9. Shargel L, Yu AB (1999) Applied Biopharmaceutics and Pharmacokinetics. 4th Edition, McGraw-Hill Professional Publishing, The University of Michigan, USA. [Ref.]
  10. Kola I, Landis J (2004) Can the pharmaceutical industry reduce attrition rates? Nat Rev Drug Discov 3: 711-715. [Ref.]
  11. Manallack DT (2007) The pKa Distribution of Drugs: Application to Drug Discovery. Perspect Medicin Chem 1: 25-38. [Ref.]
  12. Bartak P, Bednar P, Stansky Z, Bocek P, Vespalec R (2000) Determination of dissociation constants of cytokinins by capillary zone electrophoresis. J chromatogr A 878: 249-259. [Ref.]
  13. Mrestani Y, Neubert R, Munk A, Wiese M (1998) Determination of dissociation constants of cephalosporin’s by capillary zone electrophoresis. J chromatogr A 803: 273-278. [Ref.]
  14. Milletti F, Storchi L, Sforna G, Cruciani G (2007) New and original pKa prediction method using grid molecular interaction fields. J Chem Inf Model 47: 2172-2181. [Ref.]
  15. Bevan CD, Hill AP, Reynolds DP (1999) Analytical methods and apparatus therefor. Glaxo Group Limited, UK. [Ref.]
  16. Demiralay EC, Alsancak G, Ozkan SA (2009) Determination of pKa values of non-steroidal anti-inflammatory drug-oxicams by RP-HPLC and their analysis in pharmaceutical dosage forms. J Sep Sci 32: 2928-2936. [Ref.]
  17. Reijenga J, Van Hoof A, Van Loon A, Teunissen B (2013) Development of Methods for the Determination of pKa Values. Anal Chem Insights 8: 53-71. [Ref.]
  18. Nguyen MK, Kao L, Kurtz I (2009) Calculation of the equilibrium pH in a multiple-buffered aqueous solution based on partitioning of proton buffering: a new predictive formula. Am J Physiol Renal Physiol 296: F1521-F1529. [Ref.]
  19. Dargó G, Boros K, Péter L, Malanga M, Sohajda T, et al. (2018) Novel medium-throughput technique for investigating drug-cyclodextrin complexation by pH-metric titration using the partition coefficient method. Int J Pharm 542: 100-107. [Ref.]
  20. Hubatsch I, Ragnarsson EG, Artursson P (2007) Determination of drug permeability and prediction of drug absorption in Caco-2 monolayers. Nat Protoc 2: 2111-2119. [Ref.]
  21. Stenberg P, Norinder US, Luthman K, Artursson P (2001) Experimental and computational screening models for the prediction of intestinal drug absorption. J Med Chem 44: 1927-1937. [Ref.]
  22. Sinkó B, Garrigues TM, Balogh GT, Nagy ZK, Tsinman O, et al. (2012) Skin-PAMPA: A new method for fast prediction of skin penetration. Eur J Pharm Sci 45: 698-707. [Ref.]
  23. Todo H, Kimura E, Yasuno H, Tokudome Y, Hashimoto F, et al. (2010) Permeation pathway of macromolecules and nanospheres through skin. Biol Pharm Bull 33: 1394-1399. [Ref.]
  24. Salerno C, Carlucci AM, Bregni C (2010) Study of in vitro drug release and percutaneous absorption of fluconazole from topical dosage forms. AAPS Pharm Sci Tech 11: 986-993. [Ref.]
  25. Akamatsu M, Fujikawa M, Nakao K, Shimizu R (2009) In silico prediction of human oral absorption based on QSAR analyses of PAMPA permeability. Chem Biodivers 6: 1845-1866. [Ref.]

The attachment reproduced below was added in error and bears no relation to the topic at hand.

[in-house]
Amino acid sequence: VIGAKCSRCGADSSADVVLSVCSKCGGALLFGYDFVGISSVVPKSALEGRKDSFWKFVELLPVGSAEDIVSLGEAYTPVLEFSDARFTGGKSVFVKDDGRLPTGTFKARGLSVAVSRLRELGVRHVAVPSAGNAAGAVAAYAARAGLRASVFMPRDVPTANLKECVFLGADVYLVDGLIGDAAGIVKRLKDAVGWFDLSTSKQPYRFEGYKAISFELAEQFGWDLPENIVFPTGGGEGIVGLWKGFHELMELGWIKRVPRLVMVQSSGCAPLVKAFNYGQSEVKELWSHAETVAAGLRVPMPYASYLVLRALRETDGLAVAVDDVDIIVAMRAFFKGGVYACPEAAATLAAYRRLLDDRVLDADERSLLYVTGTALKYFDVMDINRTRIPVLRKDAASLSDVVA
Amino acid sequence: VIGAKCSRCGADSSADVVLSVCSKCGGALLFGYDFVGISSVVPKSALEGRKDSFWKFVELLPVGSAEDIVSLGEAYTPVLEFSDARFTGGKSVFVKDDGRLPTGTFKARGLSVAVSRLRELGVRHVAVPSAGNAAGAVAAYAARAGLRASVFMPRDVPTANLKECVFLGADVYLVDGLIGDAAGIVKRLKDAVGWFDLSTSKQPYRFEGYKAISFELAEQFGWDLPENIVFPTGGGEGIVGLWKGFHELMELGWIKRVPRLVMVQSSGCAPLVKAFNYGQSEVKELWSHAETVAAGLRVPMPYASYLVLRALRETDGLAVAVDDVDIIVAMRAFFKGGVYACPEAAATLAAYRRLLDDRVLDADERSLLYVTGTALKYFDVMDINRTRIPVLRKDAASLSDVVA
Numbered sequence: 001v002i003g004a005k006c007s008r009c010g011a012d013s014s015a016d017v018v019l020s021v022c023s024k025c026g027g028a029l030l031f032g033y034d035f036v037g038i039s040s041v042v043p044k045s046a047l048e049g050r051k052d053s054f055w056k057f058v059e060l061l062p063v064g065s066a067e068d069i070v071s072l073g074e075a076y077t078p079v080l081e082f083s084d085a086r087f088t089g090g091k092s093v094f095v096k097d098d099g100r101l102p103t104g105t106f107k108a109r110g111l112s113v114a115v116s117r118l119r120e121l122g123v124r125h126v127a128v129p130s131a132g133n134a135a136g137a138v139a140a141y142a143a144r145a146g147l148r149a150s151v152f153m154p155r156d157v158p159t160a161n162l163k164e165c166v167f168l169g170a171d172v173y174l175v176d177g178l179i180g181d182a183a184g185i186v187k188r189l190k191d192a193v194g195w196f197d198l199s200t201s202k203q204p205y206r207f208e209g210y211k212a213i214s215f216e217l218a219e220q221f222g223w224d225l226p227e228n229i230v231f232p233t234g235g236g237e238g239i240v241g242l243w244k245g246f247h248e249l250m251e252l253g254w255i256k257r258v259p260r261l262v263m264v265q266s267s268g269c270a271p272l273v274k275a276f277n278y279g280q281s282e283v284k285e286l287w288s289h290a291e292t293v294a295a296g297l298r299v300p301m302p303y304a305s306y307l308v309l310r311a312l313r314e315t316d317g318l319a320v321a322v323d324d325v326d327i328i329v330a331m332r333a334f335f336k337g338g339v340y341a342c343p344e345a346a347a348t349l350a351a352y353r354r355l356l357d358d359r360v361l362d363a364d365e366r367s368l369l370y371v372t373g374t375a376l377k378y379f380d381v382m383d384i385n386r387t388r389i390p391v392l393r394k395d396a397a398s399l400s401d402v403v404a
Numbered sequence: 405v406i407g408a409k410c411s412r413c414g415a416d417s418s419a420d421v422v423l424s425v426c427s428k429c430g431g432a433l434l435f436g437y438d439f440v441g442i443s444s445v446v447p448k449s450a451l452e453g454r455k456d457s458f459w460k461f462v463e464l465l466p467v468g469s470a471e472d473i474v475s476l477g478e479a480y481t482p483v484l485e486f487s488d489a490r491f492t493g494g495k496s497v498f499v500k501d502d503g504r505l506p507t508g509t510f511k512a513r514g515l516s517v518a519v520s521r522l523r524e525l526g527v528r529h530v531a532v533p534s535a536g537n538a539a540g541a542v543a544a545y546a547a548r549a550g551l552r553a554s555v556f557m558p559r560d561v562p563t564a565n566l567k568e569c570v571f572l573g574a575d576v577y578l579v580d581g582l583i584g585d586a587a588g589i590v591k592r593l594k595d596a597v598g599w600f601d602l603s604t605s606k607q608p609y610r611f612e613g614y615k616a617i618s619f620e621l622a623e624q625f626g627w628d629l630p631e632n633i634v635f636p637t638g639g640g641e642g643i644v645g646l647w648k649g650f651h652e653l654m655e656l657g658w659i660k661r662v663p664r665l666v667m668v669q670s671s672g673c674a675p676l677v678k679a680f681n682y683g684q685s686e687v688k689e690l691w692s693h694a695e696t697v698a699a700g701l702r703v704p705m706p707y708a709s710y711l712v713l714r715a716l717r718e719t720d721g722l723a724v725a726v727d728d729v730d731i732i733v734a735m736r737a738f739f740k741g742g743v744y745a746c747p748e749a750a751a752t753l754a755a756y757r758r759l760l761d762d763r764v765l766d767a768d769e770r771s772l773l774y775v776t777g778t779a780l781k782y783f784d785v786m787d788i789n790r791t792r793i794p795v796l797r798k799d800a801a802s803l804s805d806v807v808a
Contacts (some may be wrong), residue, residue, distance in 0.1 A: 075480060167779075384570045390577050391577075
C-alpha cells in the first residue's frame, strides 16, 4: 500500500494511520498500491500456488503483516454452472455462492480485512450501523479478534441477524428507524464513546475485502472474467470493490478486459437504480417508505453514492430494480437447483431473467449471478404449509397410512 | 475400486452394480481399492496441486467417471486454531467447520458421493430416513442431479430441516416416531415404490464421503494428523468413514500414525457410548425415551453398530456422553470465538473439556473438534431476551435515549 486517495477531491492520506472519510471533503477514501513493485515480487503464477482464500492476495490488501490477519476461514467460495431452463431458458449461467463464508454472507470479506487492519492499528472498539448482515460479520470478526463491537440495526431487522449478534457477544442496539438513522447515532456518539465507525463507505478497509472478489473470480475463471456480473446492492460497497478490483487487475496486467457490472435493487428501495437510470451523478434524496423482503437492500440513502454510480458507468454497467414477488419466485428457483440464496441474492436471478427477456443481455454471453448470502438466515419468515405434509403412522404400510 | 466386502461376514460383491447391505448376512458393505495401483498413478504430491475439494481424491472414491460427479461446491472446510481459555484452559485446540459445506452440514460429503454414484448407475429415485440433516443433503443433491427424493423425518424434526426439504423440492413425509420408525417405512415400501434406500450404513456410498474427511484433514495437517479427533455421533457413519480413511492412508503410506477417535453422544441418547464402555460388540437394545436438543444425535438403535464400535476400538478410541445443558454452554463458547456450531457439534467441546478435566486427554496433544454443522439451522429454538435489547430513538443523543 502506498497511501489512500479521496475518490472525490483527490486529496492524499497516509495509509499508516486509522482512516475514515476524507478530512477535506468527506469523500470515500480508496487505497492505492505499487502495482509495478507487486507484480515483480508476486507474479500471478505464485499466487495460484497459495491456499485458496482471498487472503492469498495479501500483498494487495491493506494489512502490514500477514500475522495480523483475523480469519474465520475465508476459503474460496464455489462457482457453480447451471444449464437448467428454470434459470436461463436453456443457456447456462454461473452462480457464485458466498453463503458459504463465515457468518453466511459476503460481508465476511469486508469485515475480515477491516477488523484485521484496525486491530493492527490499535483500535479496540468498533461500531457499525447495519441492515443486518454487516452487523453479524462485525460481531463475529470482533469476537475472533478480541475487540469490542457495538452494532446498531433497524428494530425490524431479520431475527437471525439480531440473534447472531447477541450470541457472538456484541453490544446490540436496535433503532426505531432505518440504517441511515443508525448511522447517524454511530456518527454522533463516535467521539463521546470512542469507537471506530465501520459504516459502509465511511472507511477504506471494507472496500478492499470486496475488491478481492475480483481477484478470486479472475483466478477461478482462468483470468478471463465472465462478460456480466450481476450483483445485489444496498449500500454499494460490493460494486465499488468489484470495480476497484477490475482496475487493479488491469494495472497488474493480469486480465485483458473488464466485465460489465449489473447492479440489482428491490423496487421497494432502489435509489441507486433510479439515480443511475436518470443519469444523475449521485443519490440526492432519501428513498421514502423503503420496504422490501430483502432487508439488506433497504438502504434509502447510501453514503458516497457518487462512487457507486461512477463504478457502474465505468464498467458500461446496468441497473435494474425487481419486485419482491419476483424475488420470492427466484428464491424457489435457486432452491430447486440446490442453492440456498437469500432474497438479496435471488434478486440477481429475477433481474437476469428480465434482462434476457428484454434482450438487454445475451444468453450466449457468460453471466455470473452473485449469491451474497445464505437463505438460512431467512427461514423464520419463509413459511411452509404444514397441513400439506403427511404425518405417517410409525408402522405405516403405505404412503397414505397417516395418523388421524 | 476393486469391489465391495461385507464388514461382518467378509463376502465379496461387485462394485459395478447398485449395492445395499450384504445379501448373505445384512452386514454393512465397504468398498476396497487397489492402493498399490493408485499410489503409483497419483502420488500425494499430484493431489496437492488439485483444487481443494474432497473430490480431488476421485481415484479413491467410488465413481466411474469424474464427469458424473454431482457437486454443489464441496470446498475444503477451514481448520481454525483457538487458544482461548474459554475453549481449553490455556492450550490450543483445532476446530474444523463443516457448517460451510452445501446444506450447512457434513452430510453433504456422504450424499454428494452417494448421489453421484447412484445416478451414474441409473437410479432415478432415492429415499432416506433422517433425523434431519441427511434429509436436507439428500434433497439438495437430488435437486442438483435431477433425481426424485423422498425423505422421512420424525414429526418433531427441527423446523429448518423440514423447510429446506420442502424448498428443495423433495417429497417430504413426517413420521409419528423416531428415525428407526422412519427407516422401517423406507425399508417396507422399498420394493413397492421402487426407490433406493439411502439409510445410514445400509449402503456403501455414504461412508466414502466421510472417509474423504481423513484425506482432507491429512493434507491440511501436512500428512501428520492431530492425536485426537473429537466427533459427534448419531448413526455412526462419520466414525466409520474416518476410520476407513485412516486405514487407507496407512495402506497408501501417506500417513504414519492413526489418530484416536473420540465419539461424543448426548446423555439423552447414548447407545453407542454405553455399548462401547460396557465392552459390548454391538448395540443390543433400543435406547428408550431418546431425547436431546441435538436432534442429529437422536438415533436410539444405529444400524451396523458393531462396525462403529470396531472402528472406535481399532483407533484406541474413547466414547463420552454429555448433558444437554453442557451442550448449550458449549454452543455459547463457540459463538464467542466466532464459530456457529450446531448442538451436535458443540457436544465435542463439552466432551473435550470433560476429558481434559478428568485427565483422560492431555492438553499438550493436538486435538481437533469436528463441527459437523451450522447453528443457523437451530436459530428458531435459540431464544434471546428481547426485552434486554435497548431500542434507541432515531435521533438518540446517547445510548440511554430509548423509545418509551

26. Lee PH, Conradi R, Shanmugasundaram V (2010) Development of an in silico model for human skin permeation based on a Franz cell skin permeability assay. Bioorg Med Chem Lett 20: 69-73. [Ref.]
  27. Hadgraft J, Lane ME (2005) Skin permeation: the years of enlightenment. Int J Pharm Sci 305: 2-12. [Ref.]
  28. Balimane PV, Patel K, Marino A, Chong S (2004) Utility of 96 well Caco-2 cell system for increased throughput of P-gp screening in drug discovery. Eur J Pharm Biopharm 58: 99-105. [Ref.]
  29. Chong S, Dando SA, Morrison RA (1997) Evaluation of Biocoat intestinal epithelium differentiation environment (3-day cultured Caco-2 cells) as an absorption screening model with improved productivity. Pharm res 14: 1835-1837. [Ref.]
  30. Manford F, Tronde A, Jeppsson AB, Patel N, Johansson F, et al. (2005) Drug permeability in 16HBE14o- airway cell layers correlates with absorption from the isolated perfused rat lung. Eur J Pharm Sci 26: 414-420. [Ref.]
  31. Grumetto L, Carpentiero C, Barbato F (2012) Lipophilic and electrostatic forces encoded in IAM-HPLC indexes of basic drugs: Their role in membrane partition and their relationships with BBB passage data. Eur J Pharm Sci 45: 685-692. [Ref.]
  32. Barbato F, DiMartino G, Grumetto L, La Rotonda MI (2004) Prediction of drug-membrane interactions by IAM-HPLC: effects of different phospholipid stationary phases on the partition of bases. Eur J Pharm Sci 22: 261-269. [Ref.]
  33. Tsopelas F, Vallianatou T, Tsantili-Kakoulidou A (2016) The potential of immobilized artificial membrane chromatography to predict human oral absorption. Eur J Pharm Sci 1: 82-93. [Ref.]
  34. Giaginis C, Tsantili-Kakoulidou A (2008) Alternative measures of lipophilicity: from octanol-water partitioning to IAM retention. J Pharm Sci 97: 2984-3004. [Ref.]
  35. Grumetto L, Russo G, Barbato F (2016) Polar interactions drug/ phospholipids estimated by IAM-HPLC vs cultured cell line passage data: Their relationships and comparison of their effectiveness in predicting drug human intestinal absorption. Int J Pharm 500: 275- 290. [Ref.]
  36. Yu H, Wang Q, Sun Y, Shen M, Li H, et al. (2015) A New PAMPA Model Proposed on the Basis of a Synthetic Phospholipid Membrane. PLoS One 10: e0116502. [Ref.]